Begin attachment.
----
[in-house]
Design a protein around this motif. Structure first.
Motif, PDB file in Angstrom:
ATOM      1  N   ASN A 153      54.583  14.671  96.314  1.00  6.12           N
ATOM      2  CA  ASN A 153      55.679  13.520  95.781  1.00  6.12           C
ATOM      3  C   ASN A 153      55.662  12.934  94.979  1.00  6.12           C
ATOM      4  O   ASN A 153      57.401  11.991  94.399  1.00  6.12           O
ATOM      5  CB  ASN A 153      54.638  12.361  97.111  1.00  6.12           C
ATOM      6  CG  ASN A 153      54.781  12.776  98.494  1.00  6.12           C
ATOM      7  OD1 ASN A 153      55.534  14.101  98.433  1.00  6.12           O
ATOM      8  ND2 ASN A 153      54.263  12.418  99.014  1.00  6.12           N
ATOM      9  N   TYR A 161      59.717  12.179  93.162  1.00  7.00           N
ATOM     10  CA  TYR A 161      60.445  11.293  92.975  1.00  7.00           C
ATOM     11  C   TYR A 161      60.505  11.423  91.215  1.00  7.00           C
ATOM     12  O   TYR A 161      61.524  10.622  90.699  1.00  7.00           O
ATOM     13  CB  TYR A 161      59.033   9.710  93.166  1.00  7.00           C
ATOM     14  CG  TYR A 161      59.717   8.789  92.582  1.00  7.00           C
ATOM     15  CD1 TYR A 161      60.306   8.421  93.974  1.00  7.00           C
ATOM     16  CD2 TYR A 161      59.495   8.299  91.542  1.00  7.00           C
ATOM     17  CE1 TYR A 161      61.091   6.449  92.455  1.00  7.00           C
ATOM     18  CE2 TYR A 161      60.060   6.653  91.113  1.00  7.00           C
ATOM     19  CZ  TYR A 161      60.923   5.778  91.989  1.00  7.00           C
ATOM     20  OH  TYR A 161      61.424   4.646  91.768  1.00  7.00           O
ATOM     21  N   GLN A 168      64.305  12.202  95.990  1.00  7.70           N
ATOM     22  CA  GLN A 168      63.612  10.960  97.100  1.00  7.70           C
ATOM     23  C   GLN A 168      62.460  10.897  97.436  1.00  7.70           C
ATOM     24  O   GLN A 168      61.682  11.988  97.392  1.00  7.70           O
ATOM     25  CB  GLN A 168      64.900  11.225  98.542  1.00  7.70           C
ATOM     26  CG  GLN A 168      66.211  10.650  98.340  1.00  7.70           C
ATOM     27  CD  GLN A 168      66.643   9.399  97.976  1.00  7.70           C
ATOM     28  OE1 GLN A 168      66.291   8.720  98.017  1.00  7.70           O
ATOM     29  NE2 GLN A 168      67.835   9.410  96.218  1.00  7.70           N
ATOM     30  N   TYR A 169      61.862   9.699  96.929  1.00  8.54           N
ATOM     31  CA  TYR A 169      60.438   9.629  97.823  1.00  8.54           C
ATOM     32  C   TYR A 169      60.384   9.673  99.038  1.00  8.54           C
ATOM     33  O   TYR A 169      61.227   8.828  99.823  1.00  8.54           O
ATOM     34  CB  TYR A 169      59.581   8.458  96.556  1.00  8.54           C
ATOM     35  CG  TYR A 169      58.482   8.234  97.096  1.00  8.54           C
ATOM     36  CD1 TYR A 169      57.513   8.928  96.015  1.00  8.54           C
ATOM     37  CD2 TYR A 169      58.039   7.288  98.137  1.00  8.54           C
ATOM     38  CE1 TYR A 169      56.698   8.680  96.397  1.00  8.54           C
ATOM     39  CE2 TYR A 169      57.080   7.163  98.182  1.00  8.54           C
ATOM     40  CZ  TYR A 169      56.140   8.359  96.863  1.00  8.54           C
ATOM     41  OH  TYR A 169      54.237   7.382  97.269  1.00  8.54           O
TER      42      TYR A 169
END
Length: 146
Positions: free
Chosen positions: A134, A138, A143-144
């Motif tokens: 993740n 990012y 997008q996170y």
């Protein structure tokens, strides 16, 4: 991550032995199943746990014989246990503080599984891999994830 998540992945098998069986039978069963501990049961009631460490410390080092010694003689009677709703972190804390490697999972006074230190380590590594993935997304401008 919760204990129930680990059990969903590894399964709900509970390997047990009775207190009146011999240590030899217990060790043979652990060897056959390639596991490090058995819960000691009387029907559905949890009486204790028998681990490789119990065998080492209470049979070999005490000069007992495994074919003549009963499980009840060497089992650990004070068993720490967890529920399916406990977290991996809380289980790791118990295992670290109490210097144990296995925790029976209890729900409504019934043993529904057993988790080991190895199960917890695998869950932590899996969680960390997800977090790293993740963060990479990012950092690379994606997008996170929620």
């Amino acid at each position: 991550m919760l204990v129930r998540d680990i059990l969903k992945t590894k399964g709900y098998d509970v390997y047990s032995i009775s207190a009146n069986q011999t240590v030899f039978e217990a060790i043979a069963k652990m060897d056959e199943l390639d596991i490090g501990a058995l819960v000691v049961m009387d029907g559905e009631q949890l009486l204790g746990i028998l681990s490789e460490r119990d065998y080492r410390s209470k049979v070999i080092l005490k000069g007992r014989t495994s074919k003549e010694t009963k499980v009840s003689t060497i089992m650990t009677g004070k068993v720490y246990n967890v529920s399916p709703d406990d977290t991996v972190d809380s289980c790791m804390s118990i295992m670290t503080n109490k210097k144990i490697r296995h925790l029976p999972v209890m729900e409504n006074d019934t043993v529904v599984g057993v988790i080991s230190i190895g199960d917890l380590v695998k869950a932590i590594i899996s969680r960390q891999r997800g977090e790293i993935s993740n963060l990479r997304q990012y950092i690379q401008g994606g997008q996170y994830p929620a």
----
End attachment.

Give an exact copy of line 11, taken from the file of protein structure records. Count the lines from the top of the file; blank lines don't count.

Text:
ATOM      8  ND2 ASN A 153      54.263  12.418  99.014  1.00  6.12           N